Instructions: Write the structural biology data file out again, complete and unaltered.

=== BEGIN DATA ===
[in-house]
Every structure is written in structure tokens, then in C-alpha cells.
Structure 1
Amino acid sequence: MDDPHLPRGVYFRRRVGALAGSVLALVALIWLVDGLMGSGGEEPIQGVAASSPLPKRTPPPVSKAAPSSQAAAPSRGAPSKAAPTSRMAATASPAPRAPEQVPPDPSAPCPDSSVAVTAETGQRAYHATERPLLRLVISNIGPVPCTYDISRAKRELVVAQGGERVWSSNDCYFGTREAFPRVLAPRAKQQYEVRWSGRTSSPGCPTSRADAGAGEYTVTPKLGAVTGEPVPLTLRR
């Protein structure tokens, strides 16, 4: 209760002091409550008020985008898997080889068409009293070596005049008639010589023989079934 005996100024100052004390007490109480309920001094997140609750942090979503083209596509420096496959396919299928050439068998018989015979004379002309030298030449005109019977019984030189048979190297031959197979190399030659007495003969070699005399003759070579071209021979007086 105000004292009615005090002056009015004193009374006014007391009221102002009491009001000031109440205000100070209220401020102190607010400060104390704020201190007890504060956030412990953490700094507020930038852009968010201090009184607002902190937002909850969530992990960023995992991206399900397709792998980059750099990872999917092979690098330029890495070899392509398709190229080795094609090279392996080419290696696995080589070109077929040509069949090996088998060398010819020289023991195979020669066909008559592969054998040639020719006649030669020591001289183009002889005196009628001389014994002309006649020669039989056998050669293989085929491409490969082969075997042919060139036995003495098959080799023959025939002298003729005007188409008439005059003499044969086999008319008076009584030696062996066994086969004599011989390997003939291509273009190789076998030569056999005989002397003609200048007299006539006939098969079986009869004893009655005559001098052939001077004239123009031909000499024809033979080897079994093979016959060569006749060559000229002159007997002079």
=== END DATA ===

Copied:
[in-house]
Every structure is written in structure tokens, then in C-alpha cells.
Structure 1
Amino acid sequence: MDDPHLPRGVYFRRRVGALAGSVLALVALIWLVDGLMGSGGEEPIQGVAASSPLPKRTPPPVSKAAPSSQAAAPSRGAPSKAAPTSRMAATASPAPRAPEQVPPDPSAPCPDSSVAVTAETGQRAYHATERPLLRLVISNIGPVPCTYDISRAKRELVVAQGGERVWSSNDCYFGTREAFPRVLAPRAKQQYEVRWSGRTSSPGCPTSRADAGAGEYTVTPKLGAVTGEPVPLTLRR
């Protein structure tokens, strides 16, 4: 209760002091409550008020985008898997080889068409009293070596005049008639010589023989079934 005996100024100052004390007490109480309920001094997140609750942090979503083209596509420096496959396919299928050439068998018989015979004379002309030298030449005109019977019984030189048979190297031959197979190399030659007495003969070699005399003759070579071209021979007086 105000004292009615005090002056009015004193009374006014007391009221102002009491009001000031109440205000100070209220401020102190607010400060104390704020201190007890504060956030412990953490700094507020930038852009968010201090009184607002902190937002909850969530992990960023995992991206399900397709792998980059750099990872999917092979690098330029890495070899392509398709190229080795094609090279392996080419290696696995080589070109077929040509069949090996088998060398010819020289023991195979020669066909008559592969054998040639020719006649030669020591001289183009002889005196009628001389014994002309006649020669039989056998050669293989085929491409490969082969075997042919060139036995003495098959080799023959025939002298003729005007188409008439005059003499044969086999008319008076009584030696062996066994086969004599011989390997003939291509273009190789076998030569056999005989002397003609200048007299006539006939098969079986009869004893009655005559001098052939001077004239123009031909000499024809033979080897079994093979016959060569006749060559000229002159007997002079």